At the same time the supply air passes through the left-hand fluidized bed 20, the return air, after heating in the regeneration heater 44, passes through the right-hand bed 22 in the manner shown by arrows 70 in FIG. 4. The return air then exhausts from the device at 46 as was previously described.
FIG. 8 is a psychrometric chart illustrating the operation of the air conditioning system 10. Supply air enters the system at 72 (see Reference Numeral 12 in FIG. 3). As it passes through one fluidized bed desiccator (20, for example), the desiccant material in the fluidized bed adsorbs moisture and causes the air temperature to increase, as shown at 74. Then, the supply air passes through the first heat exchanger which reduces its temperature while maintaining constant humidity, as shown at 76. As the air passes through the first evaporative cooler, its temperature is reduced further, as shown at 78. At that point, it exits the system. The temperature drop of the supply air from the time it enters the system 10 until it is exhausted is the difference between the location of points 72 and 78 in FIG. 8.
As would be expected, the return air is warmer and more humid, as indicated at 80. During the regeneration process described above, the return air is cooled slightly as it passes through the second evaporative cooler 34 (indicated at 82 in FIG. 8). Then, as the return air passes through the second sensible heat exchanger 36, its temperature is raised, as shown at 84. Its temperature is raised further by the regeneration heater 44, as shown at 86. As the return air passes through the other fluidized bed desiccator (22, for example), it removes the moisture retained by the desiccant particles. This causes a drop in temperature and a rise in humidity as shown at 88.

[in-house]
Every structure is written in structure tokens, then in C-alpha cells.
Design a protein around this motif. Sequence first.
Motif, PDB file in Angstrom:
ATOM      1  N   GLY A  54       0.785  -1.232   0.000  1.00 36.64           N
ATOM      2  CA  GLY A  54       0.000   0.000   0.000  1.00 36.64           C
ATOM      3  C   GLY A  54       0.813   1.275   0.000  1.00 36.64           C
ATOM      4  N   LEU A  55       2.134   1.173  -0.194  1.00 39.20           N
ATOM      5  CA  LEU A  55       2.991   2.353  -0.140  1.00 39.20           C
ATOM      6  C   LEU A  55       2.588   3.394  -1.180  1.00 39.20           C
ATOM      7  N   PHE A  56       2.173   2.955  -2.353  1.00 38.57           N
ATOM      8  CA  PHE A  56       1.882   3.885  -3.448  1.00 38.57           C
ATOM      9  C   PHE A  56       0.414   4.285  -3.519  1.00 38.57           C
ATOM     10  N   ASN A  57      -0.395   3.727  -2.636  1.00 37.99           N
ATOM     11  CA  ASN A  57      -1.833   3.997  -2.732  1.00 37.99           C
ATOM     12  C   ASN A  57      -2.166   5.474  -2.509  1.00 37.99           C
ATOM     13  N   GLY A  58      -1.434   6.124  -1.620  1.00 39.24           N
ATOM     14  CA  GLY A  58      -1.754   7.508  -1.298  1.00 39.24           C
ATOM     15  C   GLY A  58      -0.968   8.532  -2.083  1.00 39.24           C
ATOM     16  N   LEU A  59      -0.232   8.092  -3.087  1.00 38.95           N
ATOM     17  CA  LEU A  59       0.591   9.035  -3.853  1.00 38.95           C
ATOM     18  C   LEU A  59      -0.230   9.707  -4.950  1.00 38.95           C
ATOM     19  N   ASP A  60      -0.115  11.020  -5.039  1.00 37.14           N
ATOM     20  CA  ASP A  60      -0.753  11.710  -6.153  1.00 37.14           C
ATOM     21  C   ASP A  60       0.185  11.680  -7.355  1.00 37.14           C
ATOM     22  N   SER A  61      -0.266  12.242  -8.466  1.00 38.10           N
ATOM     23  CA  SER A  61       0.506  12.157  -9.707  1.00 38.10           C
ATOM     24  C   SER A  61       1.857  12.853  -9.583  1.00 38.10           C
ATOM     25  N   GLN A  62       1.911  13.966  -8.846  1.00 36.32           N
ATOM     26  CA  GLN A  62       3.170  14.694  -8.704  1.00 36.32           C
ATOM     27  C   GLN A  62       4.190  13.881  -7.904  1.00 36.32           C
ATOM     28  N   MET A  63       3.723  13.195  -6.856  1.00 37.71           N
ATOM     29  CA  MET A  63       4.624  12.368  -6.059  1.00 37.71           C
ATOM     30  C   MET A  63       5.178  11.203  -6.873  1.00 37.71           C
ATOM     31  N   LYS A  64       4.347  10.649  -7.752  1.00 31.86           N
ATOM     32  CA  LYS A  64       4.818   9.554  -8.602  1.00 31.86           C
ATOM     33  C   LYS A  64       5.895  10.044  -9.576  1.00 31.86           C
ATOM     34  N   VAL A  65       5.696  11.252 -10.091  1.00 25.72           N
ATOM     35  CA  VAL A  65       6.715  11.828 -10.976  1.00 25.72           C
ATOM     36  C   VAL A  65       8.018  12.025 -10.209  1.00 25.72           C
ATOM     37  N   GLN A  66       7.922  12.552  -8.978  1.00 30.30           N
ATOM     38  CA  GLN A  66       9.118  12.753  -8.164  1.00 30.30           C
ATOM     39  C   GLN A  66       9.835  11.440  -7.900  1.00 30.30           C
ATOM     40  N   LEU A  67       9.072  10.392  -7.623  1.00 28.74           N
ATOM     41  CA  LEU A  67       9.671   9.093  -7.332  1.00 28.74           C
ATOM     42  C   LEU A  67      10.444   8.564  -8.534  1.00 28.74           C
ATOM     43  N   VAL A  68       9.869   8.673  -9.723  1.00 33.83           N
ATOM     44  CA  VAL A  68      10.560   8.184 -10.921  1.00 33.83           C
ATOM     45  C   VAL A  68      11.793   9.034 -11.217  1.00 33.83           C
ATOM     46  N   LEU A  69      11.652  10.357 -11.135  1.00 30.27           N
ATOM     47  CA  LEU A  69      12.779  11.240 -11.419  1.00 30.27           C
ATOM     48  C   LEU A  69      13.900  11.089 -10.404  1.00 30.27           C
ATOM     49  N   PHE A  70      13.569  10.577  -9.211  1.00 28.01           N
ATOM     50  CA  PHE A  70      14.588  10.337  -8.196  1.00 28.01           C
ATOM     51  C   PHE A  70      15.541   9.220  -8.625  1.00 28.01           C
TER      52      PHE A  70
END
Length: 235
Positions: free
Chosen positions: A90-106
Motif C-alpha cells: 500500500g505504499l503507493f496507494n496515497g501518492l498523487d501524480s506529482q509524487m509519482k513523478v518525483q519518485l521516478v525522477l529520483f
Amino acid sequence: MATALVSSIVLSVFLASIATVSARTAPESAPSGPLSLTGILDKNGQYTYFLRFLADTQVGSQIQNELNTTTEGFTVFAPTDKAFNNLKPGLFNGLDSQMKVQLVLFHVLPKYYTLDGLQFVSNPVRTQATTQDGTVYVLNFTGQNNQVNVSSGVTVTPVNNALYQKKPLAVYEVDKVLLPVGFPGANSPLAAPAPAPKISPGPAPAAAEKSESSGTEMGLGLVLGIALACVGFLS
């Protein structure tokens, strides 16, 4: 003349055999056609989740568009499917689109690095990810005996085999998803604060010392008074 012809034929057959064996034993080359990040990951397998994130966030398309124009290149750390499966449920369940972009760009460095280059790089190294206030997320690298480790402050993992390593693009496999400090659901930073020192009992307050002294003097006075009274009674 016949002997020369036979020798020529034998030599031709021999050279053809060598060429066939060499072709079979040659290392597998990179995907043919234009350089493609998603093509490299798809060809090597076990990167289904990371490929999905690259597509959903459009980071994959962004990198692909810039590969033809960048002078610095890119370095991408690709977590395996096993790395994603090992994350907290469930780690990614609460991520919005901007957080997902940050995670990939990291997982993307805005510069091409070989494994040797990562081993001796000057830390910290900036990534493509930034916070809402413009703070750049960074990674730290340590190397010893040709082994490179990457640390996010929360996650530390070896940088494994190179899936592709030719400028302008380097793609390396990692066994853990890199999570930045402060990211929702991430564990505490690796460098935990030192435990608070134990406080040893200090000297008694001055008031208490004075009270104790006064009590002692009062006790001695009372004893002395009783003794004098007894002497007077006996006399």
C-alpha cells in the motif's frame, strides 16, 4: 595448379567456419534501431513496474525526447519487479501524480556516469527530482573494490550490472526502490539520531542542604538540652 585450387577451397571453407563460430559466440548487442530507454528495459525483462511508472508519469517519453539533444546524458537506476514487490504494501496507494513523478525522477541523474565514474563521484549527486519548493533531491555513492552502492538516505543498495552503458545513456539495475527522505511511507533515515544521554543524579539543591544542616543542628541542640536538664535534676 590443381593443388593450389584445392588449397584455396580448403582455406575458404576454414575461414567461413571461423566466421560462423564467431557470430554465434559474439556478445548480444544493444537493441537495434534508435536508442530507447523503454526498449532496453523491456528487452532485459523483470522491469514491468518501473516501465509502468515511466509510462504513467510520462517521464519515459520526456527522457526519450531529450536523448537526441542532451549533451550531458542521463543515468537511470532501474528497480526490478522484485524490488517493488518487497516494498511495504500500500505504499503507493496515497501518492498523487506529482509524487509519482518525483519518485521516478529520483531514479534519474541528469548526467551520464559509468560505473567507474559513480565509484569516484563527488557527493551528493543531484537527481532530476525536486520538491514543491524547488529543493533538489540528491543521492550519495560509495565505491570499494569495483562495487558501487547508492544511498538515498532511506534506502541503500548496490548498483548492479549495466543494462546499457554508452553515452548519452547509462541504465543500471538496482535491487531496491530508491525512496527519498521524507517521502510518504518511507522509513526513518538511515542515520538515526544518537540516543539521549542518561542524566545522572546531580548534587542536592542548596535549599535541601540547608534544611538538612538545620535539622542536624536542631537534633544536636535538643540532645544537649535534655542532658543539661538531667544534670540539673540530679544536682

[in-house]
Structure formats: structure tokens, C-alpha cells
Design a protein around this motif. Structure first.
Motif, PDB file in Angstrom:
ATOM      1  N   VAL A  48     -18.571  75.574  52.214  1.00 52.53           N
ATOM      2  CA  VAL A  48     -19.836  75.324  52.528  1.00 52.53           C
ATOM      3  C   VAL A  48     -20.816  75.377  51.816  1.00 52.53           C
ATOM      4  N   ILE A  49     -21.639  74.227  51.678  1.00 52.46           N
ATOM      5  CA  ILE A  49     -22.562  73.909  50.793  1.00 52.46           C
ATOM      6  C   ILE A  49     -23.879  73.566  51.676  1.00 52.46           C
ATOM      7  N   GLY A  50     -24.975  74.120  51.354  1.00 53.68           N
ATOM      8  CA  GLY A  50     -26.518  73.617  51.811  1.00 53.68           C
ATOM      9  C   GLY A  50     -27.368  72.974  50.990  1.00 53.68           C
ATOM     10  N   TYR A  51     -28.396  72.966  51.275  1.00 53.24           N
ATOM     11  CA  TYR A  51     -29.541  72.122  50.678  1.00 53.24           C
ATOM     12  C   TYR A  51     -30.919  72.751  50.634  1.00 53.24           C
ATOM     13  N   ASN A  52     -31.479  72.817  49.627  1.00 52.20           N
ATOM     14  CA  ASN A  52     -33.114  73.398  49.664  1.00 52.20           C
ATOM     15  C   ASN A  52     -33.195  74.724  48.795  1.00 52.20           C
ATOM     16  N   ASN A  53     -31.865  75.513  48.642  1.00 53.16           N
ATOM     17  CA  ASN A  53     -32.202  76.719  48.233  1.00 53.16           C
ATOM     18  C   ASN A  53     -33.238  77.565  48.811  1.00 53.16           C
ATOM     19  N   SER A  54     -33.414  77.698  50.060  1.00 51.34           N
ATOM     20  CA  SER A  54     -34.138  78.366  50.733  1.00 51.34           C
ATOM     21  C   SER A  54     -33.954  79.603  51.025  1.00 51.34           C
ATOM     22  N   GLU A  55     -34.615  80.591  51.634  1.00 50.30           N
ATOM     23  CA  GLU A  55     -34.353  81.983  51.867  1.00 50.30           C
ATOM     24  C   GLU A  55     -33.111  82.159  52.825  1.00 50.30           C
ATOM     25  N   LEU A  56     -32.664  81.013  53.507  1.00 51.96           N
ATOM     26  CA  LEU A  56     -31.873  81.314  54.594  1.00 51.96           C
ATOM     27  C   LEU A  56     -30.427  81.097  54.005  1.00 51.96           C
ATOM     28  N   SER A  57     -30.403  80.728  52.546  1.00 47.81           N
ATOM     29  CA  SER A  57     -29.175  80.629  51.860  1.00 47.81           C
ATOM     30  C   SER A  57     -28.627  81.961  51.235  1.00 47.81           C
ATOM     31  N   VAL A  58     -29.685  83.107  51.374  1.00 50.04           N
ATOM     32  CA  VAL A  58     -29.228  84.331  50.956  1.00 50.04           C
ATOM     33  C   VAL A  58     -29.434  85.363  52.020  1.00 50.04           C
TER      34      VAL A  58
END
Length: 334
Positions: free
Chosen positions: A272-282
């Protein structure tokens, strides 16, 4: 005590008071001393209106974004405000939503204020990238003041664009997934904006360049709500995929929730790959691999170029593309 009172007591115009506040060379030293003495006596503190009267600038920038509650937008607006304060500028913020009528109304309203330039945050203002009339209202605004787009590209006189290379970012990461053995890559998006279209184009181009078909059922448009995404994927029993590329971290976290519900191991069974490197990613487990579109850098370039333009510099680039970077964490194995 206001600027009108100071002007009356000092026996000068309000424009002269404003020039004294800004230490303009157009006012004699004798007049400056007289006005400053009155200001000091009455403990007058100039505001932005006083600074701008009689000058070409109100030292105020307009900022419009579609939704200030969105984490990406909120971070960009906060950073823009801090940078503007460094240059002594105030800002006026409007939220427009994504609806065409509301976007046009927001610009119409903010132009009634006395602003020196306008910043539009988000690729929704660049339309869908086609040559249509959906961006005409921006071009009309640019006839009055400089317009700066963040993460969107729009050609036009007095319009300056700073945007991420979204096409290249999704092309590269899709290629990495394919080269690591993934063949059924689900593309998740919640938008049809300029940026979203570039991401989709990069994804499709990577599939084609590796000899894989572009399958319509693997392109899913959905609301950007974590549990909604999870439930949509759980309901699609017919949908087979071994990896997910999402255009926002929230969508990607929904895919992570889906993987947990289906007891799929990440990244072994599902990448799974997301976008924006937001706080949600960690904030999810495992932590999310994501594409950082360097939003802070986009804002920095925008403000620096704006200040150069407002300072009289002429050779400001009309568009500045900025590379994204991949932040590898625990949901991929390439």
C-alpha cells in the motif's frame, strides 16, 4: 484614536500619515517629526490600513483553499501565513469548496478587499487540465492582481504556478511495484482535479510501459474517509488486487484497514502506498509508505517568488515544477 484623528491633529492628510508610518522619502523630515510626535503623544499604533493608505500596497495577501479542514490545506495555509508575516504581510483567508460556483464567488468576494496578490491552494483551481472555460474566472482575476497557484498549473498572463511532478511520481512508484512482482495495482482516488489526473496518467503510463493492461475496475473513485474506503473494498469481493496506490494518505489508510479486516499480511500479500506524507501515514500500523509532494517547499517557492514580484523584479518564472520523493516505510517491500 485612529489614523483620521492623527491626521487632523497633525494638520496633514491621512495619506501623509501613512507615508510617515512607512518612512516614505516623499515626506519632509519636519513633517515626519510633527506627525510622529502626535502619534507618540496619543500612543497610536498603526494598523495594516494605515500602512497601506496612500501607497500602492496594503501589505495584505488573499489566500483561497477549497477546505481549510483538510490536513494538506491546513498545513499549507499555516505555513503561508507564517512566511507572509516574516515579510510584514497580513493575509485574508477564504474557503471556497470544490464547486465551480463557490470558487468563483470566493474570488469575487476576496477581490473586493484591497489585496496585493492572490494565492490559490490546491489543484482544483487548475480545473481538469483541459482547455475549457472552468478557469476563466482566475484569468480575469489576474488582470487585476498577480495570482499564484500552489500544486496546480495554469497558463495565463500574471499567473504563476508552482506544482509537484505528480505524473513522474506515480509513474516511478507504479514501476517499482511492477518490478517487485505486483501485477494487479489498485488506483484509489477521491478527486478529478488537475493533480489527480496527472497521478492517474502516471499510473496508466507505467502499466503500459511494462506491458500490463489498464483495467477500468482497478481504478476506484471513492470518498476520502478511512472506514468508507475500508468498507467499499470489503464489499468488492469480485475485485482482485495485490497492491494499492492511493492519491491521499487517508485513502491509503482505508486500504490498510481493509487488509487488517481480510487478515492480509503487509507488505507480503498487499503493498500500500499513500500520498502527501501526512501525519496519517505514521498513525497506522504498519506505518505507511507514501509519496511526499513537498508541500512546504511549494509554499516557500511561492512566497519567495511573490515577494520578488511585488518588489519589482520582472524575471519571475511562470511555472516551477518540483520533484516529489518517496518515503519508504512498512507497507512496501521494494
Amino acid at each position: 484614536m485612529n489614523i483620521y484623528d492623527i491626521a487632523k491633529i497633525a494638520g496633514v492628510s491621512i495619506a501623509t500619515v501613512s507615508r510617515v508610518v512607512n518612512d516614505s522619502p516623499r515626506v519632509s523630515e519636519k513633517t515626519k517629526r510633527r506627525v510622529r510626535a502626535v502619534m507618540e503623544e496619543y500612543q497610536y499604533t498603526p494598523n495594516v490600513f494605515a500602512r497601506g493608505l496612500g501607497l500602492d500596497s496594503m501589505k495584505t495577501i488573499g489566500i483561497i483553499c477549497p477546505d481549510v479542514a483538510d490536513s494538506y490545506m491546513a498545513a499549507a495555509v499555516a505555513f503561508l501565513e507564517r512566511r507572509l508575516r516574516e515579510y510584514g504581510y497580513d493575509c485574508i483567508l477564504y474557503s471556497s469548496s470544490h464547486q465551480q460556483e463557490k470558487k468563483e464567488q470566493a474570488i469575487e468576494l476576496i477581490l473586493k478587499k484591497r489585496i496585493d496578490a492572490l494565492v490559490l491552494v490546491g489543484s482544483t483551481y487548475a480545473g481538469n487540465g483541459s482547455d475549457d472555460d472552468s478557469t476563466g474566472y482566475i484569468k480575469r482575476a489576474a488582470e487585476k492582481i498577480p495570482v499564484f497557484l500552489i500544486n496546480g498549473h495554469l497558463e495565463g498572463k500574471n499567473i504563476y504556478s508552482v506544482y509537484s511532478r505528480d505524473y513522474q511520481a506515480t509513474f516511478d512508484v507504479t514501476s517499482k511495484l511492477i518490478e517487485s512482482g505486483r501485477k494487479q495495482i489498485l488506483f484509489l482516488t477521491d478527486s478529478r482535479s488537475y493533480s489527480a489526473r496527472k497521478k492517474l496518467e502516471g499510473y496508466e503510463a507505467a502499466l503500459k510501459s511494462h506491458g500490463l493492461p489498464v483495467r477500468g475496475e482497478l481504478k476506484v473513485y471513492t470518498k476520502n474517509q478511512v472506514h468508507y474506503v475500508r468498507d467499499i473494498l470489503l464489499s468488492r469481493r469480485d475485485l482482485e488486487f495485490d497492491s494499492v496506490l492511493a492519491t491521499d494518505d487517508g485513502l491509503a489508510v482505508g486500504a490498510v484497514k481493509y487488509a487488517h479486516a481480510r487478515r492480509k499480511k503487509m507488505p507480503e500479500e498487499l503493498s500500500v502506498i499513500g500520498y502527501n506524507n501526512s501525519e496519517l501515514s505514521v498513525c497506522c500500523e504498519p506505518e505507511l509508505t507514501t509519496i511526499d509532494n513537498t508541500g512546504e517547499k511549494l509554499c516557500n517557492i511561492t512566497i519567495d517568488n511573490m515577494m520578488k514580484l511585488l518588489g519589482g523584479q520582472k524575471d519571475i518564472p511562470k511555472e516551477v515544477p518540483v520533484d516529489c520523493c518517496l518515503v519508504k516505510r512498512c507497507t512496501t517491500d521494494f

FIG. 7 illustrates an alternative embodiment of a system 10 constructed in accordance with the invention. There, the air supply path described above is essentially the same. Rather than alternate the flow of supply and return air through two parallel fluidized bed desiccators 20, 22, as shown in FIG. 3, the FIG. 7 embodiment uses a single fluidized bed 90. As the desiccant becomes moisturized, it is removed by a mechanical screw conveyor 92 which passes some of the desiccant material into a regenerator 94. There, heated supply air is passed through the regenerator 94 from an indirect heat exchanger using a gas burner 96.